“Oh God, here we go. I can’t believe I did this to myself—again. It is five a.m. at the Hilton Resort in Costa Rica. I have just spent the past week here with friends and family and watched one of my closest friends get married. Life has been easy, and safe … until now. White knuckling my luggage, I hesitantly climb into a small, dark van headed for Nicaragua—alone. I’ve done this before, but I am nervous all over again. What will happen? Will I be safe? Will I be alone the entire time? I am so nervous that I instantly feel like I have to go to the bathroom. This always happens to me, which makes me feel even more nervous. I huddle into the corner with my confounding insecurity as my only companion.”
Climbing into the empty black van, she takes a deep breath and buckles her seat belt. She anxiously peers out her large open window. The stars are still out, fiercely twinkling through the swaying branches of the palm trees above her. The early morning ambience is serene; the birds still quiet as the ocean waves continue to lull them through a deep slumber.
The van is off. The driver is leaning against one of the lobby’s outside columns as his head casually tips back and exhales a thick stream of cigarette smoke. The cloud waivers in resolution above him as the illusive ocean breeze swirls and drags the smoke up and into the darkness. Her eyes glaze over in protest to her lack of sleep, lazily following the smoke into the trees and slightly wishing she too, could smoke a cigarette right now. Maybe the nicotine will calm her nerves, but she’s too tired to make the effort.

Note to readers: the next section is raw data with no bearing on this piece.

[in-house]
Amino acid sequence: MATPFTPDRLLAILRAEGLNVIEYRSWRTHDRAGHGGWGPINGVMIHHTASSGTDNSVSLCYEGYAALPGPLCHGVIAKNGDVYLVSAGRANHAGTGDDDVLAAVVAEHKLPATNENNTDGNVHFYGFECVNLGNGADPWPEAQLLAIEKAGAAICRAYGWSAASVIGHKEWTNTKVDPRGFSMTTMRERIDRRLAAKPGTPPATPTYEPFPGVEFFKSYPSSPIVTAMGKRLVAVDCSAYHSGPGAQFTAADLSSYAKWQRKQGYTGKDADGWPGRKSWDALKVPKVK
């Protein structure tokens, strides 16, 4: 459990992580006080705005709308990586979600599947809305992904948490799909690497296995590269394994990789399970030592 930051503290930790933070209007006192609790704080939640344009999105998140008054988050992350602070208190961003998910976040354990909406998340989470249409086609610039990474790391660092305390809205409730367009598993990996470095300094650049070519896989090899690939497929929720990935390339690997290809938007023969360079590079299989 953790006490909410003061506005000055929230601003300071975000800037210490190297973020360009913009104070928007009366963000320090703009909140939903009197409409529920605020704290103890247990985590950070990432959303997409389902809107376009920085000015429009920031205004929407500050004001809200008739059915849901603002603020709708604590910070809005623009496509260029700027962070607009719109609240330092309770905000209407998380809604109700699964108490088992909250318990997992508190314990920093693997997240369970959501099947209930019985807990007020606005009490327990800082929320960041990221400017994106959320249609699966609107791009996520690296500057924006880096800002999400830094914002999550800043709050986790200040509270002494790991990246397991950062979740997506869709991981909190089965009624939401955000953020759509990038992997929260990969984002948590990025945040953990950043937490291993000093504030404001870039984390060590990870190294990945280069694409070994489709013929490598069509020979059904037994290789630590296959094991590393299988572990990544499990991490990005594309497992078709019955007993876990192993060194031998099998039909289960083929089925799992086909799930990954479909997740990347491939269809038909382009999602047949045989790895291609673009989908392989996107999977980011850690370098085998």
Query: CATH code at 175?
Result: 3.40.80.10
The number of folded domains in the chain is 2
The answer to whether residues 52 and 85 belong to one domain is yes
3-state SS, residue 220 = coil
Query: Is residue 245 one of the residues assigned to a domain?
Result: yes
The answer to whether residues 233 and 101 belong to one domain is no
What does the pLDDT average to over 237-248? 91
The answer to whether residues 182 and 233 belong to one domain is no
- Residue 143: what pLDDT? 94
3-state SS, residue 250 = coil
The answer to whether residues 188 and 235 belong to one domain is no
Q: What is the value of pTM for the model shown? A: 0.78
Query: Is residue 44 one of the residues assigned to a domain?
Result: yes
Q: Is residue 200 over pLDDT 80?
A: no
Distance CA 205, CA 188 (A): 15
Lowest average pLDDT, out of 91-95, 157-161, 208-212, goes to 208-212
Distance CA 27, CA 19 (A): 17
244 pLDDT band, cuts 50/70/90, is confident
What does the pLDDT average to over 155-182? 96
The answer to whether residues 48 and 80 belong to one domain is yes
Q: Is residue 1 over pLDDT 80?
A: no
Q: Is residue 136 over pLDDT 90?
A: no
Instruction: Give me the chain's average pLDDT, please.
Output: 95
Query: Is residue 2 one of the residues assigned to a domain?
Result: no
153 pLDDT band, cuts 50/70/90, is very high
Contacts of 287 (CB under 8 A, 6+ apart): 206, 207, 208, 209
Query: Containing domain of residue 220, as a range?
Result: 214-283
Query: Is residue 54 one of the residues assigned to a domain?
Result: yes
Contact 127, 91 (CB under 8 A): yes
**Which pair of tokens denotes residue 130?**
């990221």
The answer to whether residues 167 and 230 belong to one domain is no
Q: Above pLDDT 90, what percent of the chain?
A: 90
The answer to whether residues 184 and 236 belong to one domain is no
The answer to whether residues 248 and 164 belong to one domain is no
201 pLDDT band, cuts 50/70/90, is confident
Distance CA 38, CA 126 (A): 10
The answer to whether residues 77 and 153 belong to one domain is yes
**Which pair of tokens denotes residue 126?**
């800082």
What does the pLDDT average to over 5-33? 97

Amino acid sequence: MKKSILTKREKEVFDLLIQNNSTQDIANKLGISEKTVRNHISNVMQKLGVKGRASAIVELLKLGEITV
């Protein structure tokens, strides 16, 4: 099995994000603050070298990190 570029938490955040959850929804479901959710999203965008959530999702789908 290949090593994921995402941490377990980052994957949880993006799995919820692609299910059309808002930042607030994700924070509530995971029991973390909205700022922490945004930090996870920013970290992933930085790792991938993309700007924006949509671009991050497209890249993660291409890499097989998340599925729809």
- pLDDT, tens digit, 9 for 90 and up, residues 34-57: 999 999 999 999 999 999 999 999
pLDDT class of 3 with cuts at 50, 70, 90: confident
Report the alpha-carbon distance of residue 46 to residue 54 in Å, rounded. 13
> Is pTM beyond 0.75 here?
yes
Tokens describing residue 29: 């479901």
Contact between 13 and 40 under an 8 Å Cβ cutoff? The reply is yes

She has already said her farewells, last night, over an intimate candle-lit dinner with wine and 26 of her friends and family. They all sleep now. They rest safely in their beds as she begins this new adventure, headed off to Nicaragua all on her own. She planned it this way; she wanted to be alone. She wanted to once more feel the freedom of walking along foreign streets with unending possibilities as her only companions. She wanted to feel the splendor of knowing she could do whatever she wanted, whenever she wanted. She wanted to feel like she could breathe again, to safely nudge her unconventional spirit back out from underneath the rock it’s been hiding beneath. She craves the adventure; she craves it as much as she fears it. It’s scary to be alone. It’s even scarier to be alone in a third world, Central American country such as Nicaragua. But she’d rather face her fears and see the world, than forgo her passions in the name of an illusion such as safety. She knows, like the smoke and the illusive ocean breeze, that sacrificing your life to the Gods of Security will only pull you into the darkness.
To live this life involves risk. Like a foreign and alluring love affair, the absence of safety is sometimes followed by the same degree of excitement—and fear. What will happen when the van crosses the border? Will it be safe, she wonders? Will she be alone the entire time? Is she putting her life at risk? She is aware that Latin America has a reputation for crime and being alone may intensify this risk. Sure, there are currently no robbers snickering from behind the bushes, just waiting for the moment she turns her back so they can rush in and devour the contents of her pocketbook… at least none that she is aware of. And this she knows, at its very essence, is why she is so afraid. There may not be any physical danger staring her directly in the face, but the fear of the unknown is strong enough to stop most dead in their tracks.
The driver climbs into the front seat and with a turn of the key, the van roars to life. Without hesitating, he shifts the gear into drive and the vehicle slowly lurks forward. Within a matter of minutes, the two of them are driving out of the safe, gated community of her resort and out into the unknown. There is nothing to do now but enjoy the ride, and hope that in facing her fears, she will be lead out of the darkness.